Of course, yes! How could being as generous as I remember you being in your letter NOT help? This is completely what often happens around here: I'm having a crap day and out of the blue comes a kind voice saying that this quasi-secret thing I spend most of my time doing or thinking about is not entirely stupid. I am ALWAYS happy to hear from a reader. Especially a generous and articulate one. The thing is, somebody writing a story...is never sure. So when somebody else says the story worked for them, or mattered a little, or didn't competel suck, that is immensely cheering. So thanks for writing, Elizabeth and also for reading my stuff.

So I say, everybody write to your favorite Whoever. Why shouldn't we? I wrote to one of my favorite writers, Samantha Power, and sent her a book, and got a wonderful note back. ("Only connect!")

I hope it's not weird that I'm writing this but "a friend" found the site and told me to have a look etc etc. I definitely wasn't Googling myself or something weird like that, no way.

Peace,

George Saunders

Elizabeth Crane said...

George Saunders, it would be so not weird even if you did Google yourself (one of my favorite pastimes) this only confirms that you are the MOST rad dude ever existing who isn’t my husband. Now you’ve gone and made MY day, where I was supposed to be making your day because I’ve been too busy working to write all the letters I’ve been wanting to write. It’s true, though about getting (and writing!) letters, right, because I’ve been getting about one a week (!), and when somebody writes you all the way from France saying how much they love your book, and writes back after you write them saying thank you, saying things like, “I couldn’t believe it! Magical internet… Write to the writer you read, and read what the writer you read writes to the reader you are...Incredible! Americans are so kindly!” (and also providing the information that the translation of the title of your book is something like “Bottom in Fire”, which makes no sense whatsoever but is almost better than the real one) well, that’s nothing but a wonderful thing. Rock on.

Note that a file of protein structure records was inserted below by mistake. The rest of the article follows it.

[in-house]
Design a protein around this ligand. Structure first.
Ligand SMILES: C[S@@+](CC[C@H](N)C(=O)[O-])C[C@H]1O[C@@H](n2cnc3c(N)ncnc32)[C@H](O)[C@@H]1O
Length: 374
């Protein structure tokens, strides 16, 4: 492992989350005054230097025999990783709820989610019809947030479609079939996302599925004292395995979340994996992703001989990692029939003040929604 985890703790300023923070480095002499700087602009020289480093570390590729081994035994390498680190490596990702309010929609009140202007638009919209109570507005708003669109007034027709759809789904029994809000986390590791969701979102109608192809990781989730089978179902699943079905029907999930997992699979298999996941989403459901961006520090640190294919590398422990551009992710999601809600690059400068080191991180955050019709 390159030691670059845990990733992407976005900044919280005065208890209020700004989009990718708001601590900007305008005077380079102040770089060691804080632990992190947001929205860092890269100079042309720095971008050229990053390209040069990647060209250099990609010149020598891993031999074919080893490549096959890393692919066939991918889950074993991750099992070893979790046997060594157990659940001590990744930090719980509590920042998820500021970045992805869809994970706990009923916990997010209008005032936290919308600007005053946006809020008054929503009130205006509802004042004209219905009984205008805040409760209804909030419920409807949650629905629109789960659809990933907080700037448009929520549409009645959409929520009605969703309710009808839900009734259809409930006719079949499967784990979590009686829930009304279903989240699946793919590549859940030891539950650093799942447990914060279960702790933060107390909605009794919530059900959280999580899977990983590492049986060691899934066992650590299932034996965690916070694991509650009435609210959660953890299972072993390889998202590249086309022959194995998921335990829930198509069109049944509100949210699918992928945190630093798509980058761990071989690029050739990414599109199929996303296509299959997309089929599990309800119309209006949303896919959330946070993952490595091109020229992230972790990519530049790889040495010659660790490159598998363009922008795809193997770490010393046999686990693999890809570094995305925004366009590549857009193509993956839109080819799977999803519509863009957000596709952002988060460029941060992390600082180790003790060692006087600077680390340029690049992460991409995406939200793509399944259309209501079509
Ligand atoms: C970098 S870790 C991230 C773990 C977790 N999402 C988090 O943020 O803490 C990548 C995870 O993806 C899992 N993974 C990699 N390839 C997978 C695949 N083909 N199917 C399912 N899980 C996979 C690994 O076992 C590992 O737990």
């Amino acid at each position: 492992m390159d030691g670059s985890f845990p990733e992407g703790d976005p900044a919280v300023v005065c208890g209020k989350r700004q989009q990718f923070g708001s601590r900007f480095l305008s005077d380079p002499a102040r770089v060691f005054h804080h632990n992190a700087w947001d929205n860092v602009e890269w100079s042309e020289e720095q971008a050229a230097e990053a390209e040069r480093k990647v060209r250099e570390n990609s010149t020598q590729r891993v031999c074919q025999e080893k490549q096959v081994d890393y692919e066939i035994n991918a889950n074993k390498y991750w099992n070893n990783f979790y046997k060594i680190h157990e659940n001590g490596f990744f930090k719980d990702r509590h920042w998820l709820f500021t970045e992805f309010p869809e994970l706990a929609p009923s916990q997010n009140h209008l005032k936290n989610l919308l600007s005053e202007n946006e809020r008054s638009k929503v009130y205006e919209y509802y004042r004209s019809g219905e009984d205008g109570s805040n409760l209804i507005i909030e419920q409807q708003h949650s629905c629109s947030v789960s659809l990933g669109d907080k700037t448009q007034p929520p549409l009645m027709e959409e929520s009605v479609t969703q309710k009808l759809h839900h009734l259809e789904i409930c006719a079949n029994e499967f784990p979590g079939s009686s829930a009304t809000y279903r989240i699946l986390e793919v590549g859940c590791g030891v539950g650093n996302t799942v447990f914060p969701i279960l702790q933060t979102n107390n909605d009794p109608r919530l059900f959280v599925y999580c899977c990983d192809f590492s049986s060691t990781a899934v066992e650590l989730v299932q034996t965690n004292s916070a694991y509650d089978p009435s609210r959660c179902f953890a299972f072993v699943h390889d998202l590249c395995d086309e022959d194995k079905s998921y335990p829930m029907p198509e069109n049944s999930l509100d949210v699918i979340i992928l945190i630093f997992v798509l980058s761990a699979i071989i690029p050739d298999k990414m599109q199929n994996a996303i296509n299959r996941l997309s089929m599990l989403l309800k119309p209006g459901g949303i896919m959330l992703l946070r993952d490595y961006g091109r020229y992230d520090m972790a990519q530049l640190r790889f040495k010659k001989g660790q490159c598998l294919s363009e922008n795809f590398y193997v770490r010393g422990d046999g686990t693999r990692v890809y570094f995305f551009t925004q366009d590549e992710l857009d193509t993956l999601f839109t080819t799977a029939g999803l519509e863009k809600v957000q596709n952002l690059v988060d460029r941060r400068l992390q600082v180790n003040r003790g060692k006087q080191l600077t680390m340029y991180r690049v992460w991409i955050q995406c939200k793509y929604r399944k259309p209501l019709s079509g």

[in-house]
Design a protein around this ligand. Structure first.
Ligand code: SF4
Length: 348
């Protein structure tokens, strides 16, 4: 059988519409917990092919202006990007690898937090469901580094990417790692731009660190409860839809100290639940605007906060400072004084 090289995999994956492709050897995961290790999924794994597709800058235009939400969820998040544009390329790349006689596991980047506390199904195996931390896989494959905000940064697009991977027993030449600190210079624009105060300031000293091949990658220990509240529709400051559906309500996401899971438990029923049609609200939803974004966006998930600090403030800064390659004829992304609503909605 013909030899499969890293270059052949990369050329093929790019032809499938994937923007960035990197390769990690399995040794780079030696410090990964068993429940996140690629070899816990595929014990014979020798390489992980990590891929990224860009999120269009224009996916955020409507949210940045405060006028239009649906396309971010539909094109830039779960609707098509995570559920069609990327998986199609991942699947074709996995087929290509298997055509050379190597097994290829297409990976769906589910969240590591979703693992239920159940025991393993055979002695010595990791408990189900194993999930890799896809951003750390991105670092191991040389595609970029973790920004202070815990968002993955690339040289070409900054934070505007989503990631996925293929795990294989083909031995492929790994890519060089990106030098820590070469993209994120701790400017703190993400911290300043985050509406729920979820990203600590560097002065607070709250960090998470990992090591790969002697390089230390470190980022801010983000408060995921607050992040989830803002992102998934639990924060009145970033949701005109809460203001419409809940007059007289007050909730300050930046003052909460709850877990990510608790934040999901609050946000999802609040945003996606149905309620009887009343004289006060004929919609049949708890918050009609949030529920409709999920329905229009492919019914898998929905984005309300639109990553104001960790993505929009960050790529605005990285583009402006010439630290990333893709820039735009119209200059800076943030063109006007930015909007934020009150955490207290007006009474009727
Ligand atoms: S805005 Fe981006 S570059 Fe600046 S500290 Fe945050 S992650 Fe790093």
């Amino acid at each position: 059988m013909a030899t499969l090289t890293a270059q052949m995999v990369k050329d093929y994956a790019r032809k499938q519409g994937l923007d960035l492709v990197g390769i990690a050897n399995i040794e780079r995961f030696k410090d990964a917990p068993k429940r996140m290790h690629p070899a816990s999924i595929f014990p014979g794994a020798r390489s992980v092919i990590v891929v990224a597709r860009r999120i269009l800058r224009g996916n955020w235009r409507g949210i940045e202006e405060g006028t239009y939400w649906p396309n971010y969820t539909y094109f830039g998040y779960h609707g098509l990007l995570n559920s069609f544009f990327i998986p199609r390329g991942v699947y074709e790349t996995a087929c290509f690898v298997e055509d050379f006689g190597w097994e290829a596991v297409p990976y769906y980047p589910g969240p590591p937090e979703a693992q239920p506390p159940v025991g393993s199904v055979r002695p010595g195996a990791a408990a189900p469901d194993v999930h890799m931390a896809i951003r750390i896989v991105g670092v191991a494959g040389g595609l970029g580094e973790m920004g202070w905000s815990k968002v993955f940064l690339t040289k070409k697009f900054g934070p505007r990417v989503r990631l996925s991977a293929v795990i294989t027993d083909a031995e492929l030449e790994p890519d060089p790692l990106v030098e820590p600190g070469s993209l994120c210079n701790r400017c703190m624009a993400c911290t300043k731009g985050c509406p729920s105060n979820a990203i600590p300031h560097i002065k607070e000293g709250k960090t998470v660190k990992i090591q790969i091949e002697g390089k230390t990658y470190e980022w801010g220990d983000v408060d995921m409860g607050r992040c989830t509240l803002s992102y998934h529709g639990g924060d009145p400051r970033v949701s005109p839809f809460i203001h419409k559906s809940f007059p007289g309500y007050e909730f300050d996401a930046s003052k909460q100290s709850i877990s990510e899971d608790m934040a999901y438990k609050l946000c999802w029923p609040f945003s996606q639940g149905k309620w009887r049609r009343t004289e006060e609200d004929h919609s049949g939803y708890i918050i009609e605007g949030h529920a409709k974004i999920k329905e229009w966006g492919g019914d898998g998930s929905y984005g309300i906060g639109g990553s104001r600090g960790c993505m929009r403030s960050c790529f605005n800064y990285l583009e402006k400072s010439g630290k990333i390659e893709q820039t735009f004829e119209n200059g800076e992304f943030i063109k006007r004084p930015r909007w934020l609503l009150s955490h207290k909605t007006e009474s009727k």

Betsy said...

By the way, anyone reading this, that was so totally my own personal Marshall McLuhan in Annie Hall momennt.